Google Is Dedicating Part of Its Homepage to Fighting 'Opioid Abuse’
If you visit the Google homepage today, you may notice something different. On Wednesday, the search giant added a line below the search buttons: “Learn about how you can help curb opioid abuse,” with the latter part of the sentence linked to a page titled, “Help fight the opioid epidemic this National Prescription Drug Take-Back Day.”
That page features an article by Susan Molinari, vice president of public policy for Google, explaining Google’s partnership with the U.S. Drug Enforcement Administration (DEA) to create a “locator tool” for National Prescription Drug Take-Back Day, Saturday, April 28. The tool features an interactive map that allows you to enter an address to find the nearest place you can safely dispose of unused prescription drugs (for example, churches, police stations, hospitals and city hall buildings).
“We’re deeply concerned by the opioid crisis that has impacted families in every corner of the United States. We started by thinking about how to bring Google’s technical expertise to help families combat the epidemic,” Molinari wrote.
Molinari added that Google is working with the Partnership for Drug-Free Kids, which provides parents free counseling about children’s substance abuse. Google plans to donate $750,000 in matching gifts and other grants to help expand the parent helpline.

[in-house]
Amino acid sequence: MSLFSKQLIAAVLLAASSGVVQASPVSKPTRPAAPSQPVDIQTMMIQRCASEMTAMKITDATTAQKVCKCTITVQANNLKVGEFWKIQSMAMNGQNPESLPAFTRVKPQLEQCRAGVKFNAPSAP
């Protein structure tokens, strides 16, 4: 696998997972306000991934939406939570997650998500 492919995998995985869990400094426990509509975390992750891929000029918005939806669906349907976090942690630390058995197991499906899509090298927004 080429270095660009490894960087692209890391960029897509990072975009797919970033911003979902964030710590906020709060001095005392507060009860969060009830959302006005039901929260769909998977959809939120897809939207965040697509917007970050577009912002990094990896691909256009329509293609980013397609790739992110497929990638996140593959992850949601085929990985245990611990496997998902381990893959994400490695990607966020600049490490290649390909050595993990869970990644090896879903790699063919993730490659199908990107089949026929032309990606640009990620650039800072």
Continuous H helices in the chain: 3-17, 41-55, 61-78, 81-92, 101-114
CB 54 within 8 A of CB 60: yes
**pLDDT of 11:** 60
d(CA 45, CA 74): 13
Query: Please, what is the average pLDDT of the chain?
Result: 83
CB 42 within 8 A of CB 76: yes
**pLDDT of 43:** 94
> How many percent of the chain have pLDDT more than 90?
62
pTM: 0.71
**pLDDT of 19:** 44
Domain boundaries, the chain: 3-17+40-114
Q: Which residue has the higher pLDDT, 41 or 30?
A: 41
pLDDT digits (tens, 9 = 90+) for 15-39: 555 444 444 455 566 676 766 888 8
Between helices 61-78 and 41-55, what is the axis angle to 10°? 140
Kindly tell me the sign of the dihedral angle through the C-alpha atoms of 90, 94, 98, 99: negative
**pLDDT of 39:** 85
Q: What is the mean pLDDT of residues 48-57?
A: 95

Finally, Molinari wrote that they’re “committed to ensuring that the public understands the danger of opioid abuse and the resources available for those who need help.” Information about opioid addiction and prescription drugs will be available in Google Search.
Studies have found that less than 25 percent of people who start misusing prescription opioids obtained them from doctors. Most people obtain prescription opioids illegally from friends or relatives hence the popularity of take-back programs, which seek to prevent patients as well as their loved ones from misusing unused pills. However, the majority of people prescribed opioids do not misuse their own prescriptions. Studies have shown only approximately 13 percent of people using opioids “misuse” them, while between less than 1 and 12 percent become addicted.
There is limited research on the effectiveness of drug take-back programs. One 2016 study of take-back programs in Kentucky found that these events constituted a “minuscule proportion” of drugs dispensed, leading researchers to conclude that drug disposal efforts may have a minimal impact on reducing the availability of unused drugs. A 2012 survey of 148 take-back programs found “no evidence” the programs affect prescription drug abuse and that ongoing programs, rather than single events, may be more efficient.
People with chronic pain may have varying opinions on Google’s efforts. Take-back programs can be positive, but the campaign’s emphasis on only the dangers of opioids may raise fears about increasing the stigma against opioids.
“For the life of me, I don’t understand why we have not had a public health campaign that teaches people about how properly to store prescription opioids while they are being used (in a locked place), about the dangers of sharing prescription opioids with friends and family members even with the best of intentions, and about proper disposal of unused medication,” Nicholson said.